My dear young fellow,” the Old-Green-Grasshopper said gently, “there are a whole lot of things in this world of ours you haven’t started wondering about yet.”

The words of Roald Dahl’s Grasshopper from James and the Giant Peach invites its hero to discover the secret lives of insects, writes Oxford University’s Franziska Kohlt.

But what if the very thought of them gives you the creeps? Then you’re in for a surprise.

However you feel about them, insects have always fascinated us humans. Egyptians worshipped them as gods, they inspired the most famous scientists in history, and they are characters in some of our favourite stories – they become deeply woven into our culture.

But we also depend on insects for healthy environments and our own survival. Alarmingly, recent headlines tell us about entomologists’ warnings that if insects disappear, so do the vital services they provide us and our environment, putting us all in danger.

Despite their importance, insects are often portrayed as objects of terror and spreaders of disease, yet a quieter revolution has been happening for over 150 years in the stories we read to our children, in which insects have slowly conquered the role of heroes to challenge these negative attitudes.

This is the topic of our new exhibition which explores how the little things that run the world inspired such famous children’s writers as Lewis Carroll, Dahl, and M.G Leonard – award-winning author of the Beetle Boy trilogy.

In the exhibition, visitors turn into explorers themselves, and can uncover the secret histories of children’s literature’s most famous creepy crawlies – for instance Lewis Carroll’s famous Caterpillar. The Oxford author’s private library contained numerous books on entomology – the science of insects – a popular pastime for Victorian gentlemen, entomology was also a common subject in children’s books which provided the models for John Tenniel’s illustrations for the Looking-Glass insects. These originals, and much more, can be found in the drawers of a replica Victorian entomologist’s desk – where you can also find out where Disney went wrong in its depiction of the Caterpillar.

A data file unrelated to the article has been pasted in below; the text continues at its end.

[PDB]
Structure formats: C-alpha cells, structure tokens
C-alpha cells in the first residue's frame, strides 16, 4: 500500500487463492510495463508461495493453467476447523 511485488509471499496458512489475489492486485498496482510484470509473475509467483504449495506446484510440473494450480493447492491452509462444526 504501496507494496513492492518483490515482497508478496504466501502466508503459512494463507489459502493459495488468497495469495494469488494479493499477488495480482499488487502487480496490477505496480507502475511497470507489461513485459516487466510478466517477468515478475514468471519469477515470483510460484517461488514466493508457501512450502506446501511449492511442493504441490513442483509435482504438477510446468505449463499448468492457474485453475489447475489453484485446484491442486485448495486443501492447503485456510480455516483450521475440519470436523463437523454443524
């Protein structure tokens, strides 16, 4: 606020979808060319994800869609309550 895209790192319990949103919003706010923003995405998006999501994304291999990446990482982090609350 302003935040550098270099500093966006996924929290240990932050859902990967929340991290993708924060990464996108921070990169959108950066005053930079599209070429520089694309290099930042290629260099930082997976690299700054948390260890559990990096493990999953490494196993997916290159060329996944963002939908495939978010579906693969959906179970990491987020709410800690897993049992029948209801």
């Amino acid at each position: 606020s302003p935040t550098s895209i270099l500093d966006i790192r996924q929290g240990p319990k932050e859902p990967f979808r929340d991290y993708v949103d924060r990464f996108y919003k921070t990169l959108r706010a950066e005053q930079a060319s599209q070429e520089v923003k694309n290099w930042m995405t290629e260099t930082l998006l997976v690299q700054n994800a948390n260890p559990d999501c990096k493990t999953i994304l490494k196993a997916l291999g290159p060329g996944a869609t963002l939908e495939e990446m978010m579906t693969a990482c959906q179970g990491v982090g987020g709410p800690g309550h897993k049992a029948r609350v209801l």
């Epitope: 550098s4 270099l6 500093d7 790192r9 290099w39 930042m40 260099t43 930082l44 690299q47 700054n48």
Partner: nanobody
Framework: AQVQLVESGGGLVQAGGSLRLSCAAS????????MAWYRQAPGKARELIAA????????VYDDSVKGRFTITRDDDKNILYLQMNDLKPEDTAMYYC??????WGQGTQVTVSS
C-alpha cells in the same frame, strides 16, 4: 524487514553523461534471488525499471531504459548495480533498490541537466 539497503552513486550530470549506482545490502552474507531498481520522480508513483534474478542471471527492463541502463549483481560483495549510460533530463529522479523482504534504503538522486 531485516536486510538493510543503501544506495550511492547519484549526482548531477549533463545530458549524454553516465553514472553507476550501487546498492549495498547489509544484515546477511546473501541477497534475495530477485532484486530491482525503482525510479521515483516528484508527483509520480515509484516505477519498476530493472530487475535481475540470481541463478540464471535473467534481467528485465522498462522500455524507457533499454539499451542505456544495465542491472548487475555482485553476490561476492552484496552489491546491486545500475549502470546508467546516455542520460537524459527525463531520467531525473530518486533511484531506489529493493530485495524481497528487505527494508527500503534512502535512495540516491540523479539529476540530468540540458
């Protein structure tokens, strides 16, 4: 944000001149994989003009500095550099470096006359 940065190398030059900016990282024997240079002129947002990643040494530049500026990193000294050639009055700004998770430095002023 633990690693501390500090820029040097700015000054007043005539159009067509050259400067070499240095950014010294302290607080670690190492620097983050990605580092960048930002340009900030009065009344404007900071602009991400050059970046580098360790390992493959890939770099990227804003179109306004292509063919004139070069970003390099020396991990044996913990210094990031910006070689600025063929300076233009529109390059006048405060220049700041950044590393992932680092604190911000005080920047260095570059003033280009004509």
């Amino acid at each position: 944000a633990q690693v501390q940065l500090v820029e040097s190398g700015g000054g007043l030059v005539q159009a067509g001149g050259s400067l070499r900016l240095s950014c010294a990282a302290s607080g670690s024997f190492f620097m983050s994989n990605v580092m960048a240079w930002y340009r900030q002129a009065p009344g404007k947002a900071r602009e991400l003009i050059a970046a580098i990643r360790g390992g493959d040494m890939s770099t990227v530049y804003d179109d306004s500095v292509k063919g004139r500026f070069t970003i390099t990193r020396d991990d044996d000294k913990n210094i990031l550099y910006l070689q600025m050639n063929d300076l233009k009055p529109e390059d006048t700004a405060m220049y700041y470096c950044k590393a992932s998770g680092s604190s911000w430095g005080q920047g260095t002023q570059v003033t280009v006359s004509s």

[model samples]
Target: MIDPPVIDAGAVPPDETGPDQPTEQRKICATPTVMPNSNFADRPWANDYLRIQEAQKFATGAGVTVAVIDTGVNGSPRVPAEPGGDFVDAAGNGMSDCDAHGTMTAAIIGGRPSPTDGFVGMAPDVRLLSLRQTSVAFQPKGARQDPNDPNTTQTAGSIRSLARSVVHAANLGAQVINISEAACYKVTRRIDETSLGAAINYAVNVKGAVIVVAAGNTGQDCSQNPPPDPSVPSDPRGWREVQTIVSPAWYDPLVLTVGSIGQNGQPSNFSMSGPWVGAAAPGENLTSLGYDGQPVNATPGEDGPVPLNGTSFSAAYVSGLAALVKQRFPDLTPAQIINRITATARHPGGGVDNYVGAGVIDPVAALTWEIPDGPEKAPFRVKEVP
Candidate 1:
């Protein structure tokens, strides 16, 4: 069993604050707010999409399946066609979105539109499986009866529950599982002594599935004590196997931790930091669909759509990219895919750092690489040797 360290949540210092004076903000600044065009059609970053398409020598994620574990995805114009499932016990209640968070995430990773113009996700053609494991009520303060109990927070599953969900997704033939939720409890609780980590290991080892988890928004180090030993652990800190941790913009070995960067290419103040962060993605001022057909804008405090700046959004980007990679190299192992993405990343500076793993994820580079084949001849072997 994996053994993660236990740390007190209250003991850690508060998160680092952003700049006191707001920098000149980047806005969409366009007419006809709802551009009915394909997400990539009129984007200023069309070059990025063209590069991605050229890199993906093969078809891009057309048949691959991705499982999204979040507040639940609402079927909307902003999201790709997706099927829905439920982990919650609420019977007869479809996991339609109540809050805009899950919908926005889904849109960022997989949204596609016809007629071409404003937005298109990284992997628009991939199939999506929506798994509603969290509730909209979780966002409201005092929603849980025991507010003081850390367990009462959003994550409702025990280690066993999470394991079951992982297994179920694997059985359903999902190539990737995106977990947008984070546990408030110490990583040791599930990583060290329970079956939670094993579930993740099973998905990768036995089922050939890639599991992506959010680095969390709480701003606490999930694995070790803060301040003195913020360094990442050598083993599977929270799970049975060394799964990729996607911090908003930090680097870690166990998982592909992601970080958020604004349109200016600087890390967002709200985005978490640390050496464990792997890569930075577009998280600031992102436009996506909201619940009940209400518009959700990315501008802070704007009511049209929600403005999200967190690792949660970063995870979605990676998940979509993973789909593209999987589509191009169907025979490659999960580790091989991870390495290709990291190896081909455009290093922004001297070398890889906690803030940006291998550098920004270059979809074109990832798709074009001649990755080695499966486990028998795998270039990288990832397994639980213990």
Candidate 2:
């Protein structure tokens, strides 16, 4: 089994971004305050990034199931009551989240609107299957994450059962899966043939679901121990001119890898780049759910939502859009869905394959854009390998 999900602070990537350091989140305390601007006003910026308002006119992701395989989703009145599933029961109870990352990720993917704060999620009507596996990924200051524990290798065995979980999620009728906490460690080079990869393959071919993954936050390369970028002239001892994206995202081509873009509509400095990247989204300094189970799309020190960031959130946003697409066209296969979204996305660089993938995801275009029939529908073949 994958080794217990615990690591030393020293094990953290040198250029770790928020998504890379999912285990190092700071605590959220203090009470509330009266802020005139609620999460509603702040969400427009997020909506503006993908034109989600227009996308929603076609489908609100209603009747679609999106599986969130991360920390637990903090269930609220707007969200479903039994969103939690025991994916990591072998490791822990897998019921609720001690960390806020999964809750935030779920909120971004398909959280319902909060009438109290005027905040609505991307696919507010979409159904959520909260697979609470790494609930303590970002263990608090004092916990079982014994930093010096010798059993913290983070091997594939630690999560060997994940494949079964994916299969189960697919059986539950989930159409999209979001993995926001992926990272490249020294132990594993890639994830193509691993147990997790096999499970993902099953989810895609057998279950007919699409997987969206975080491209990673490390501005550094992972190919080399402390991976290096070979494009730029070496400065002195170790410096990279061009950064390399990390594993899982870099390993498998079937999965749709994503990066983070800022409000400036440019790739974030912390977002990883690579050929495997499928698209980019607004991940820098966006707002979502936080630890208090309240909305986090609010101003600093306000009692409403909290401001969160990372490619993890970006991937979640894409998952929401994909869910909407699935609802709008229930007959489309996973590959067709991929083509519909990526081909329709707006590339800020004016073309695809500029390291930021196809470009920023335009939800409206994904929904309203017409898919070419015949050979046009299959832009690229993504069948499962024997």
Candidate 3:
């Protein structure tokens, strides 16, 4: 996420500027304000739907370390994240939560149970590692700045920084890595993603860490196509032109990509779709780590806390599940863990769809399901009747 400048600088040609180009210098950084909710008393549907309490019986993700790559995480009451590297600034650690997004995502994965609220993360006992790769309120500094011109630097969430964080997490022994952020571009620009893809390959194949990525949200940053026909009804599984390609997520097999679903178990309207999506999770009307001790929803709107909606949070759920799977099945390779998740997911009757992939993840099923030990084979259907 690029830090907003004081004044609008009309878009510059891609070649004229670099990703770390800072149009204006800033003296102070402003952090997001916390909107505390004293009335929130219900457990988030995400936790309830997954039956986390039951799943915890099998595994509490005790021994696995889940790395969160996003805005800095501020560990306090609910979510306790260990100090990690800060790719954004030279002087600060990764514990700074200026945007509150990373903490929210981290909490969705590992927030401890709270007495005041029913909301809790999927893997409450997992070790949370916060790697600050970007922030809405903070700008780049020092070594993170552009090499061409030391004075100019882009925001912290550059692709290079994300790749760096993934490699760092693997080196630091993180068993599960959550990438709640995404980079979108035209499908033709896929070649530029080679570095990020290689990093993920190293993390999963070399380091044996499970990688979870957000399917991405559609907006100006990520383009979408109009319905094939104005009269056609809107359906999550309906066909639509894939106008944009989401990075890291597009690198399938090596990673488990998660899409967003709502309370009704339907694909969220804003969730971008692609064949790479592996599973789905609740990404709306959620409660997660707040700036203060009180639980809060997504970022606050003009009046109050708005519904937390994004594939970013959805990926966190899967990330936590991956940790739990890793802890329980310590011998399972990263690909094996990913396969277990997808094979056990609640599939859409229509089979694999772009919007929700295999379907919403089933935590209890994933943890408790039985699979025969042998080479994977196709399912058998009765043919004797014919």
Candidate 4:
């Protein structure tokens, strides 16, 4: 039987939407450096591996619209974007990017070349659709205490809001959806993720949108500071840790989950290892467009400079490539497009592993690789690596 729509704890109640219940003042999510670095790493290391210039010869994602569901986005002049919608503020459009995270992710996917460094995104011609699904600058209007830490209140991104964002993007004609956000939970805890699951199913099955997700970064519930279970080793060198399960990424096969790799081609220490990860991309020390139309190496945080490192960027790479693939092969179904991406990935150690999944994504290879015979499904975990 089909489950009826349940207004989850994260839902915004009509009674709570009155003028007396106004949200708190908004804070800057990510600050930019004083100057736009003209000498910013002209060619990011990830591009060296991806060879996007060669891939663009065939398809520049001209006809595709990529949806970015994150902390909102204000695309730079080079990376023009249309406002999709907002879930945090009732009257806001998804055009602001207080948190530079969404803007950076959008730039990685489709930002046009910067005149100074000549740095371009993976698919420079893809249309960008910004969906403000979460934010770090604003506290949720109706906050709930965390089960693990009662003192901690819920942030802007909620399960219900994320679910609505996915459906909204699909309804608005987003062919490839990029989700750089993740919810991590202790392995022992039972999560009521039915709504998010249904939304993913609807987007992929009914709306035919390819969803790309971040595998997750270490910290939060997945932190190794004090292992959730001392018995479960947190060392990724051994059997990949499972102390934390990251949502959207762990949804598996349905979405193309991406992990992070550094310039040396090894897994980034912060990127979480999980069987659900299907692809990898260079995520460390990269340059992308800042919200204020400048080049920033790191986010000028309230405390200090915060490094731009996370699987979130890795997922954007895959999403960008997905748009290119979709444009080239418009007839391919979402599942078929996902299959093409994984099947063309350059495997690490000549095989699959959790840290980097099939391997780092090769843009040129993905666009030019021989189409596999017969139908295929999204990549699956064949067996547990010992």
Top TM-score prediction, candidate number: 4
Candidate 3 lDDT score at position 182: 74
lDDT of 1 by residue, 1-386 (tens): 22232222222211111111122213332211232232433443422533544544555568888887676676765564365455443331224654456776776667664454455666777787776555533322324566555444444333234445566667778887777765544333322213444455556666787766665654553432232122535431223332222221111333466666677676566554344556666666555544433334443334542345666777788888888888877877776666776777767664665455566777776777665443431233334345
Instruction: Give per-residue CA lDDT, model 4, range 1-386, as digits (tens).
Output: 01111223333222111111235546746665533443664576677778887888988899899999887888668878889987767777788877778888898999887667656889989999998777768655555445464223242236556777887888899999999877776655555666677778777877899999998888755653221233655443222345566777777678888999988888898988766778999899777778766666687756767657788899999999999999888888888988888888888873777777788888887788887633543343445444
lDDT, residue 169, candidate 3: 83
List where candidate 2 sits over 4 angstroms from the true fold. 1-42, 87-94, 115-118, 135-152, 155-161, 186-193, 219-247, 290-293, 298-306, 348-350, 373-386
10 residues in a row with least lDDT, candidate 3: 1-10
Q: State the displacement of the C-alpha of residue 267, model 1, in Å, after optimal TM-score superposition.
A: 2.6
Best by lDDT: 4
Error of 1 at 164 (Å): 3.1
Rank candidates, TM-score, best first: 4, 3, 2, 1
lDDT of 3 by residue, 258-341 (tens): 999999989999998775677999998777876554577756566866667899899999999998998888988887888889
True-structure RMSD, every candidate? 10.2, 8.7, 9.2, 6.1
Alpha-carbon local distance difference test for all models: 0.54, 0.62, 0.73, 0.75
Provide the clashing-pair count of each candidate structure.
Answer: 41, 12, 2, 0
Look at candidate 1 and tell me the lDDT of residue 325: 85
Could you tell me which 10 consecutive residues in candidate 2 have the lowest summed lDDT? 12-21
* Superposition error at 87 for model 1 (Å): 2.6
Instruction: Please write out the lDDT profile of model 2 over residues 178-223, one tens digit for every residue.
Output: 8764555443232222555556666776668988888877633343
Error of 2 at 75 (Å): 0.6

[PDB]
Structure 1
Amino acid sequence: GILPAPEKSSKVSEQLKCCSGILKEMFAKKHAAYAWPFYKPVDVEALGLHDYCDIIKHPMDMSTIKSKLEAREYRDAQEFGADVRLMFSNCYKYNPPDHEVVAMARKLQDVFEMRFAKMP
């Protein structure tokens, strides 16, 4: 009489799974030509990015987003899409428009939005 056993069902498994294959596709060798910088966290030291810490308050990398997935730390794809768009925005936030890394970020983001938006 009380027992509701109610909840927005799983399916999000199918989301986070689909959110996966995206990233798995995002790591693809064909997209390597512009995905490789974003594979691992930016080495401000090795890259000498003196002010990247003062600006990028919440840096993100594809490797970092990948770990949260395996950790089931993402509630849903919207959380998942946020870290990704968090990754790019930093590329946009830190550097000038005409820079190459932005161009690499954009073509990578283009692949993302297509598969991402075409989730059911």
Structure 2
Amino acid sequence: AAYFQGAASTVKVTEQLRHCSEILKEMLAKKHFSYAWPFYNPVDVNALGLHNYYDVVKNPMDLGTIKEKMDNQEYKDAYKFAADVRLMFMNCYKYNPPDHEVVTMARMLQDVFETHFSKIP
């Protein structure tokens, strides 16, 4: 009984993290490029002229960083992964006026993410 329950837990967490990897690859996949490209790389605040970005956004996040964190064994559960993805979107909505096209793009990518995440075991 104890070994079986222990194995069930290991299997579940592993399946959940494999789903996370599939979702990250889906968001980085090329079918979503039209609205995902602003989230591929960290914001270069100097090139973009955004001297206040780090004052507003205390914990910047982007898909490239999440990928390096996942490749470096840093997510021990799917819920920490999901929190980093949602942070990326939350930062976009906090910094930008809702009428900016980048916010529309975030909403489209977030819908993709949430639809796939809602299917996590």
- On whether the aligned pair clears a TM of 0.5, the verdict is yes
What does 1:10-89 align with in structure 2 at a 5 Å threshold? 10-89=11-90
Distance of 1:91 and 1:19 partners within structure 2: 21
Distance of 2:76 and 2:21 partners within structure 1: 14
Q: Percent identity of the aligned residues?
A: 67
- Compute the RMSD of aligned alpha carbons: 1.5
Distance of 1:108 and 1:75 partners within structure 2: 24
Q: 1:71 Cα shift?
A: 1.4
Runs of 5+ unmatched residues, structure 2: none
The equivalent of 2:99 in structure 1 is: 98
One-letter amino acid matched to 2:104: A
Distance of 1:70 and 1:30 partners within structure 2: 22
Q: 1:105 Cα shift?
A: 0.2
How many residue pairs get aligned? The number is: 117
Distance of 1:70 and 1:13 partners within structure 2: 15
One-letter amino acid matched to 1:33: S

But it’s not only about the Victorians: more recent authors, like Roald Dahl wrote about insects and his first drafts for the story – originally meant to be about a different fruit entirely – shows how much research went into the portrayal of those little characters

Many surprising facts about insects – real and fantastical – are dotted around the museum to be discovered in an in-house bug hunt.

Curators Franziska Kohlt and Chris Jeffs trace the history of literary insects through the Victorian Age of exploration to today, through giant illustrations and interactive displays, combining literature and science to show how we can not only save insects, but also the planet.

Numerous special events will bring the exhibition to life, with real living insects of the Travelling Insectarium, and workshops with hyper-realist illustrator Carim Nahaboo, whose artwork will be on show. Author events and talks on J.R.R. Tolkien’s entomology of Middle-Earth by literary scholar Dimitra Fimi and the real and fantastic metamorphoses of insects of Lewis Carroll by the curators round off the programme – so that there is certainly lots for everyone to discover!

It is more important now than ever that we form a relationship and attitude to the natural world, or we risk losing it.

Insects Through the Looking-Glass is at the Story Museum, Pembroke Street, Oxford, until July 7

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